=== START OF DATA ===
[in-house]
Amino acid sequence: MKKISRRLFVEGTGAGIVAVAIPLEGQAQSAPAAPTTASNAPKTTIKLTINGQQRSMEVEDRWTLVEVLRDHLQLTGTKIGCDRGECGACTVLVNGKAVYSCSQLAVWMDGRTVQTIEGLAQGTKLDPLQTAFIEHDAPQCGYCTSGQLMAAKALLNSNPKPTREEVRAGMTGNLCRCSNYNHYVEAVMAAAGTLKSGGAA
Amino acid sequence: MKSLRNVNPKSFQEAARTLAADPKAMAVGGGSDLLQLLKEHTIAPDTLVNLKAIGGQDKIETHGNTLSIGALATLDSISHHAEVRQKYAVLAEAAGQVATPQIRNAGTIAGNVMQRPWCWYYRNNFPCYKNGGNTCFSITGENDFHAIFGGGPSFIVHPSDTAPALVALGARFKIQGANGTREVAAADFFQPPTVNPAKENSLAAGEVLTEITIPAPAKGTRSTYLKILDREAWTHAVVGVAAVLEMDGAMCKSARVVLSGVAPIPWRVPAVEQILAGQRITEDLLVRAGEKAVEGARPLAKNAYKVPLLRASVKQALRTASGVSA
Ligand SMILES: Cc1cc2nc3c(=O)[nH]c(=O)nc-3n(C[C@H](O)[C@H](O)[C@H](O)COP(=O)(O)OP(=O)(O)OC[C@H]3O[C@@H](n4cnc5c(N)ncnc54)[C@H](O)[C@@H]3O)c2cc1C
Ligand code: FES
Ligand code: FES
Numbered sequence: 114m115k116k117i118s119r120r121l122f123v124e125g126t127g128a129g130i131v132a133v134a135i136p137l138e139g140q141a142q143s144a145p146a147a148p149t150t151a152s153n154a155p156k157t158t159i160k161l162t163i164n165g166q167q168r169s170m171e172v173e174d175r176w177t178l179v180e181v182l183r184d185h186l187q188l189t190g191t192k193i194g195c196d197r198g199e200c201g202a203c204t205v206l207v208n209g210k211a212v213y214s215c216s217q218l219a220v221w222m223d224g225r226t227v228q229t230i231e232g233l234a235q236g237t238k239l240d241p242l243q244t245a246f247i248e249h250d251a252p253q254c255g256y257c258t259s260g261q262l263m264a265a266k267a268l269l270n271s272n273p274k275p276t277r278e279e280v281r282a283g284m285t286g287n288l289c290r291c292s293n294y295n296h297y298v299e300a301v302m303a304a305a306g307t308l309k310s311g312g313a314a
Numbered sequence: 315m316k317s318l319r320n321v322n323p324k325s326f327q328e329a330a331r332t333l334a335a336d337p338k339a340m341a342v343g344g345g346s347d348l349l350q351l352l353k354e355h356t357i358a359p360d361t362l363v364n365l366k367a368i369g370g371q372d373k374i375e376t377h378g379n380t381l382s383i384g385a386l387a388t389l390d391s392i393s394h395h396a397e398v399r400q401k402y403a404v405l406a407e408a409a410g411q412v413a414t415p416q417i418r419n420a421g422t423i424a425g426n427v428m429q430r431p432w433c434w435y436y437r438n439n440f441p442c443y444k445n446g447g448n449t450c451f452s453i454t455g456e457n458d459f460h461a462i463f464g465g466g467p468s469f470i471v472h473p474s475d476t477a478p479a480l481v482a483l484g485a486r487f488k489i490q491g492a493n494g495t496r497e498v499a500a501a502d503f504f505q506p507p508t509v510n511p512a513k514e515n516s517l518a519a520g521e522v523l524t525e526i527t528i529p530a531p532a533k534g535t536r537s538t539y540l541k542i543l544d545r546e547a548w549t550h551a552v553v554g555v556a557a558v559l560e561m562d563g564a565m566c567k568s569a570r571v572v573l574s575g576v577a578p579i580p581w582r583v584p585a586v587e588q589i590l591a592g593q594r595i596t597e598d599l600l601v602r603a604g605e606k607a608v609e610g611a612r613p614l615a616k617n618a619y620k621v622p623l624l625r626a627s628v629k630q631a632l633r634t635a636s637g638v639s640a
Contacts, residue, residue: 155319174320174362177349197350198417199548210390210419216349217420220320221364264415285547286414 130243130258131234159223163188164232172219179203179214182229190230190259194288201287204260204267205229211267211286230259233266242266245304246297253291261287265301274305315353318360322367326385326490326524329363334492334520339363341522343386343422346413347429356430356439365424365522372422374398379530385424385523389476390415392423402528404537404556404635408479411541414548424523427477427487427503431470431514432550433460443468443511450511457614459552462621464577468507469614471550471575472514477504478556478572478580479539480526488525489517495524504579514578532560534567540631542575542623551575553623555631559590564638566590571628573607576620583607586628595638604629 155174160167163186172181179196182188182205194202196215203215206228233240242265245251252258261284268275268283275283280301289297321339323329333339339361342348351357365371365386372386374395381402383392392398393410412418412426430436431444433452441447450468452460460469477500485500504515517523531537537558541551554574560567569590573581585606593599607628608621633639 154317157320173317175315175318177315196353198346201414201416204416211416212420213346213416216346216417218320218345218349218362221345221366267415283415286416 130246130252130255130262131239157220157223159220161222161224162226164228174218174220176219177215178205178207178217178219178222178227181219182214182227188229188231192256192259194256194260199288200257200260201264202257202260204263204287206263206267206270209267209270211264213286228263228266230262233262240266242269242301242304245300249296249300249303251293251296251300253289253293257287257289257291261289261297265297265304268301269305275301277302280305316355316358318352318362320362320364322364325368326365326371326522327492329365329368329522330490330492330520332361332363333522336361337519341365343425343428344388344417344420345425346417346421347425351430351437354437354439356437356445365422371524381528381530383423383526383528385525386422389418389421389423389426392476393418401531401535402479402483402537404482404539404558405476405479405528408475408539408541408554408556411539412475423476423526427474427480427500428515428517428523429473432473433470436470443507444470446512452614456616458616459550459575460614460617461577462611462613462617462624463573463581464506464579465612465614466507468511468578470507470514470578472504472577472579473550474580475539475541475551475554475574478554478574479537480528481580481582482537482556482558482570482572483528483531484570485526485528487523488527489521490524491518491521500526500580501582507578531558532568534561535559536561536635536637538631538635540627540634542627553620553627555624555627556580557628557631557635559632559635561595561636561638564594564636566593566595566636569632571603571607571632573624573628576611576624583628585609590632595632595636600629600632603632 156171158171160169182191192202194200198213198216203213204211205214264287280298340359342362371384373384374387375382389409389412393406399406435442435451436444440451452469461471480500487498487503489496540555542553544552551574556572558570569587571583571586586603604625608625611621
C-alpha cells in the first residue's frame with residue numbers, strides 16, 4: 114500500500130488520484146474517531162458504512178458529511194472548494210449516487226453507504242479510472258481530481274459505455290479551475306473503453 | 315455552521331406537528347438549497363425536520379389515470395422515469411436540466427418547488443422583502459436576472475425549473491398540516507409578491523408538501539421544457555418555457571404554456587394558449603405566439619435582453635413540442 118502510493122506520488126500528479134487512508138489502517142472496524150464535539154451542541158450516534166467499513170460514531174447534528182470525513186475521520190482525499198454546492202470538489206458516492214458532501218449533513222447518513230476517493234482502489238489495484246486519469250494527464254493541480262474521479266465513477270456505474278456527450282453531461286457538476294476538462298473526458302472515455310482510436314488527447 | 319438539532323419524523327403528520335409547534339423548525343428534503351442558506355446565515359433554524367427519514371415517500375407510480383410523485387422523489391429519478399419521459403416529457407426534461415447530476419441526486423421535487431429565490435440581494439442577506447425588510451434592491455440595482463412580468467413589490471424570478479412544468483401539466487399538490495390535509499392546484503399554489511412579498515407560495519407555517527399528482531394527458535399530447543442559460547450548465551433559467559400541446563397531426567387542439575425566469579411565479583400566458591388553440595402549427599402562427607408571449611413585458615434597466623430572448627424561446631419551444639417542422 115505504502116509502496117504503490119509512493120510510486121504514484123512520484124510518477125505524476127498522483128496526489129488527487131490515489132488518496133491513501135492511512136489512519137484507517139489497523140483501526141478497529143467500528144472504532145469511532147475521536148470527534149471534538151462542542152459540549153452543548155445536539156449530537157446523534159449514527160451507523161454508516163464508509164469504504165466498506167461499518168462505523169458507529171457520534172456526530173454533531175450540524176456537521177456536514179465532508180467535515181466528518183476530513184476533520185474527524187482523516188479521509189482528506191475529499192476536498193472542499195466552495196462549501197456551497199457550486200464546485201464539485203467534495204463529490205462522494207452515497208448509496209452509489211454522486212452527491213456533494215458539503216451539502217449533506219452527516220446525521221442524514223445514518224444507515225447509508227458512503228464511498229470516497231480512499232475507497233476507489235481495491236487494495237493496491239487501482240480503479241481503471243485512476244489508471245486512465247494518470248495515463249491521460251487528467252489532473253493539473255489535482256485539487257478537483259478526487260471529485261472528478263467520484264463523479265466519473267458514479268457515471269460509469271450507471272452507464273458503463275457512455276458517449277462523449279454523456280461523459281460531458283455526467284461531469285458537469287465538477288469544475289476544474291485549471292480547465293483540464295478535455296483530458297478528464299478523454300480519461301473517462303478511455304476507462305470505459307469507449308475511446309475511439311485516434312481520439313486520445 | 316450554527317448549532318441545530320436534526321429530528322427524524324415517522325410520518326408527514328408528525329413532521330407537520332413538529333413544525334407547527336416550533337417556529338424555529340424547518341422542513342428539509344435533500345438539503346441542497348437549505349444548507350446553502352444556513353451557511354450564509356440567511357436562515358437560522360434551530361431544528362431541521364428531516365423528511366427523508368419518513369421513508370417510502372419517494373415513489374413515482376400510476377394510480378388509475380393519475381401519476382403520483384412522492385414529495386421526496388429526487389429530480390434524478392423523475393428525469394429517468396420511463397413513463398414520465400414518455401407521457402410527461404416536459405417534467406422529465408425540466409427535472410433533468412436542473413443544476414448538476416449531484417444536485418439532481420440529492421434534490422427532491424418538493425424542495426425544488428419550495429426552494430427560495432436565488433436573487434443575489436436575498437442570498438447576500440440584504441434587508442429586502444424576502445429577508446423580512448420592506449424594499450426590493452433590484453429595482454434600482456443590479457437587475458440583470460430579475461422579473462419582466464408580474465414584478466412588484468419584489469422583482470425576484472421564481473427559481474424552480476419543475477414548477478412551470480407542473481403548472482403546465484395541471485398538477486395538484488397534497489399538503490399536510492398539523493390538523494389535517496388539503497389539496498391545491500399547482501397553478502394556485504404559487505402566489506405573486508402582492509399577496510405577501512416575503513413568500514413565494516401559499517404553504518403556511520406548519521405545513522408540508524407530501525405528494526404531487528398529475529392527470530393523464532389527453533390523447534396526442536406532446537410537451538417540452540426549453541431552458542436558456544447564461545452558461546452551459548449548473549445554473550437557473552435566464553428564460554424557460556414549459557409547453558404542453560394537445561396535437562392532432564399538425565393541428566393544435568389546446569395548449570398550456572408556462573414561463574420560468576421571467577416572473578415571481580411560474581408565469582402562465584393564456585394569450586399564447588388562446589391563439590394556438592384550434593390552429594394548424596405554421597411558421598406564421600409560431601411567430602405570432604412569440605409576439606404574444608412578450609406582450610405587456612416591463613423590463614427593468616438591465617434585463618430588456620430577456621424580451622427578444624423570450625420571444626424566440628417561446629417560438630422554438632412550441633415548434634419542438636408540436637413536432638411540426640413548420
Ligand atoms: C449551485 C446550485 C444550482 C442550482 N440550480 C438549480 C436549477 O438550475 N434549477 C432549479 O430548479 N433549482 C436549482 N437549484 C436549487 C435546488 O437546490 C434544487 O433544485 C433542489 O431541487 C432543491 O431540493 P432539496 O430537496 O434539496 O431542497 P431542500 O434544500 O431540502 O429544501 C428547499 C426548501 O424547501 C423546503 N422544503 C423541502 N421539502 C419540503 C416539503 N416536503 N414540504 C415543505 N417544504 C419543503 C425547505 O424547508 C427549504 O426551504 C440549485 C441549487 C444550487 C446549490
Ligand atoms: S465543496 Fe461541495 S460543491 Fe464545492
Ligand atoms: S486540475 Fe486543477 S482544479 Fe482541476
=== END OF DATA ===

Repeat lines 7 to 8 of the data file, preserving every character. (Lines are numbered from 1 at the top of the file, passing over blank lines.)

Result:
Numbered sequence: 114m115k116k117i118s119r120r121l122f123v124e125g126t127g128a129g130i131v132a133v134a135i136p137l138e139g140q141a142q143s144a145p146a147a148p149t150t151a152s153n154a155p156k157t158t159i160k161l162t163i164n165g166q167q168r169s170m171e172v173e174d175r176w177t178l179v180e181v182l183r184d185h186l187q188l189t190g191t192k193i194g195c196d197r198g199e200c201g202a203c204t205v206l207v208n209g210k211a212v213y214s215c216s217q218l219a220v221w222m223d224g225r226t227v228q229t230i231e232g233l234a235q236g237t238k239l240d241p242l243q244t245a246f247i248e249h250d251a252p253q254c255g256y257c258t259s260g261q262l263m264a265a266k267a268l269l270n271s272n273p274k275p276t277r278e279e280v281r282a283g284m285t286g287n288l289c290r291c292s293n294y295n296h297y298v299e300a301v302m303a304a305a306g307t308l309k310s311g312g313a314a
Numbered sequence: 315m316k317s318l319r320n321v322n323p324k325s326f327q328e329a330a331r332t333l334a335a336d337p338k339a340m341a342v343g344g345g346s347d348l349l350q351l352l353k354e355h356t357i358a359p360d361t362l363v364n365l366k367a368i369g370g371q372d373k374i375e376t377h378g379n380t381l382s383i384g385a386l387a388t389l390d391s392i393s394h395h396a397e398v399r400q401k402y403a404v405l406a407e408a409a410g411q412v413a414t415p416q417i418r419n420a421g422t423i424a425g426n427v428m429q430r431p432w433c434w435y436y437r438n439n440f441p442c443y444k445n446g447g448n449t450c451f452s453i454t455g456e457n458d459f460h461a462i463f464g465g466g467p468s469f470i471v472h473p474s475d476t477a478p479a480l481v482a483l484g485a486r487f488k489i490q491g492a493n494g495t496r497e498v499a500a501a502d503f504f505q506p507p508t509v510n511p512a513k514e515n516s517l518a519a520g521e522v523l524t525e526i527t528i529p530a531p532a533k534g535t536r537s538t539y540l541k542i543l544d545r546e547a548w549t550h551a552v553v554g555v556a557a558v559l560e561m562d563g564a565m566c567k568s569a570r571v572v573l574s575g576v577a578p579i580p581w582r583v584p585a586v587e588q589i590l591a592g593q594r595i596t597e598d599l600l601v602r603a604g605e606k607a608v609e610g611a612r613p614l615a616k617n618a619y620k621v622p623l624l625r626a627s628v629k630q631a632l633r634t635a636s637g638v639s640a